With a perfect storm of hearty home-crowd atmosphere, all the energy to save their season, and the athleticism to make things happen, Everton had all the impetus to earn the right to win across the full ninety minutes.
They left Arsenal looking meek and slow on the ball, without answers to the questions being asked of them. When Arsenal did navigate their way through, they snatched at chances with eyes wide shut and lacked the precision necessary on the day.
On a day where Arsenal were always going to need to probe to find a weakness, their slow play couldn’t find the line between patience and undemanding. Their protracted switches of play and slower ball movement allowed Everton’s midfield to simply shift side to side with little stress to their structure.
This, of course, left the game open for Arsenal to be suckered on a counter or hit on a set piece, which is exactly what happened. It was a perfect match script for a Sean Dyche win, and it’s hard to argue they didn’t deserve something for their efforts.
Arsenal needs to find a solution before others exploit them
Unfortunately for Arsenal, this is not the first time this season they have found themselves frustrated by a diligently organized, mobile mid-block. While it was executed differently — and a little deeper — Newcastle also found success attacking Arsenal’s midfield and backline higher up the pitch.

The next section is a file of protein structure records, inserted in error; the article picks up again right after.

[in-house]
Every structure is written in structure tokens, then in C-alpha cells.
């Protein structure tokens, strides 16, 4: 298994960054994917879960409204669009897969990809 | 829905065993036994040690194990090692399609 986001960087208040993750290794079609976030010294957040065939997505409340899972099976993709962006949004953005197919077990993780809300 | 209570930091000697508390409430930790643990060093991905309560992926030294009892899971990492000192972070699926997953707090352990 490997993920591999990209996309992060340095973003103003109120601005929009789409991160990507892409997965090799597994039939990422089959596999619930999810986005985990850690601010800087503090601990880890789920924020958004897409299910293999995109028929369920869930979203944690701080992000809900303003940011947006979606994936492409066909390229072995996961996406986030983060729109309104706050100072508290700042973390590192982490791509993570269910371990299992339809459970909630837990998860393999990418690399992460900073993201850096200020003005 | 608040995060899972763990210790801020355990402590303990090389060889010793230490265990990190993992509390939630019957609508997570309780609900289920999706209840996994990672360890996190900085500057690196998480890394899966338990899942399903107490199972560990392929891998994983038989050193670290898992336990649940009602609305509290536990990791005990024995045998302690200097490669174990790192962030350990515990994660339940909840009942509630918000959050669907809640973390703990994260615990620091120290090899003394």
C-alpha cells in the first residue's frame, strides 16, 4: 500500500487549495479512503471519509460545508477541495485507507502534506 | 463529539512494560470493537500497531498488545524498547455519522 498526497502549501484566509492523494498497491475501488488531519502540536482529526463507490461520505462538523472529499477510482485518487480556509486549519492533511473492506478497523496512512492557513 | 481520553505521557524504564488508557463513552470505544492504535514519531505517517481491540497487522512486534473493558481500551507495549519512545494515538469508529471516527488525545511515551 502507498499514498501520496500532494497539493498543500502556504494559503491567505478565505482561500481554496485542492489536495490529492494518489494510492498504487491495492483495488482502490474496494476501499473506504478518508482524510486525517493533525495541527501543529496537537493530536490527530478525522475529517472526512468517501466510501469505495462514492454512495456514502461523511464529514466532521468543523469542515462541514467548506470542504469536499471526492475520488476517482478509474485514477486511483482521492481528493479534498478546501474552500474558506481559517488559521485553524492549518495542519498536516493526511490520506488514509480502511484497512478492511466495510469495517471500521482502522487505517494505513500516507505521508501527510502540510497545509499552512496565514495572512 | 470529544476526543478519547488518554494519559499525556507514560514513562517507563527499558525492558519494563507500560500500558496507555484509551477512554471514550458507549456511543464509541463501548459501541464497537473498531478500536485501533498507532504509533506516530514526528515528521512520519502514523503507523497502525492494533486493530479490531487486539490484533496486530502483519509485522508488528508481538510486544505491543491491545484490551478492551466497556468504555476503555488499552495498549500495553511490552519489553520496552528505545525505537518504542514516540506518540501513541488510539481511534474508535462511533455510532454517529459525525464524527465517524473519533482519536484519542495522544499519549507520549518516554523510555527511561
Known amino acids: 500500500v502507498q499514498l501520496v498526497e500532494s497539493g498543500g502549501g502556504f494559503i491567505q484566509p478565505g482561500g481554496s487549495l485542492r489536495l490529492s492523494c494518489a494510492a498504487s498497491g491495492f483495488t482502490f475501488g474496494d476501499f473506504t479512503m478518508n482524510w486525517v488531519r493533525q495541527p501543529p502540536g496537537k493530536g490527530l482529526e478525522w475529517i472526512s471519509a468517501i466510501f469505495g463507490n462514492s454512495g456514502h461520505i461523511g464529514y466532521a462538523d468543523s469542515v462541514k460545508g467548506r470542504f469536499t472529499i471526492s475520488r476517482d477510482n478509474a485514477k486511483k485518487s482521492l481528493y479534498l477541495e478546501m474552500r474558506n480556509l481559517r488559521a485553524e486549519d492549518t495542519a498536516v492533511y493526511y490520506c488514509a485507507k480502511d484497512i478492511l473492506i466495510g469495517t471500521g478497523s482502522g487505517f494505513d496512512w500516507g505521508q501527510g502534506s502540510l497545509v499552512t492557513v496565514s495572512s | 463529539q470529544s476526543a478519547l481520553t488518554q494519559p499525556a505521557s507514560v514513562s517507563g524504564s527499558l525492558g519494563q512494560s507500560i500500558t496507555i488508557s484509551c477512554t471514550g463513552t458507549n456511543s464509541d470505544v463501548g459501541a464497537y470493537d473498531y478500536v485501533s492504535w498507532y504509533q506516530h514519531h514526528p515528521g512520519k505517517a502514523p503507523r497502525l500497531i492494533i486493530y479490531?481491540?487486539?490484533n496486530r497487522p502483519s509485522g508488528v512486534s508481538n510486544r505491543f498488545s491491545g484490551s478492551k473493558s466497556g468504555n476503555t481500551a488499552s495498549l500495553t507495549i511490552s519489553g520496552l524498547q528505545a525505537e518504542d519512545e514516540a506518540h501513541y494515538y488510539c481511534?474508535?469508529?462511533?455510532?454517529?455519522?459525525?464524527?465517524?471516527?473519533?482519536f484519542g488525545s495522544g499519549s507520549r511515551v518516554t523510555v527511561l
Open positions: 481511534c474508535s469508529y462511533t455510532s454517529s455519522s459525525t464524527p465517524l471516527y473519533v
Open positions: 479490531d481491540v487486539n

As I said after the Newcastle match, not every team in the league is going to have the athletically gifted player profiles on hand to execute such a strategy, but there’s plenty of teams who will watch this and be willing to give it a try.
It’s fair to say this match is an exception not a rule, given how good Arsenal have been all year. But they will still need to find solutions to mid-block formations and midfields that are unwilling to allow players like Partey, Xhaka, or Zinchenko to operate while simultaneously able to flood the wings with defenders to shut down Saka and Martinelli.
A few aspects to consider for solutions.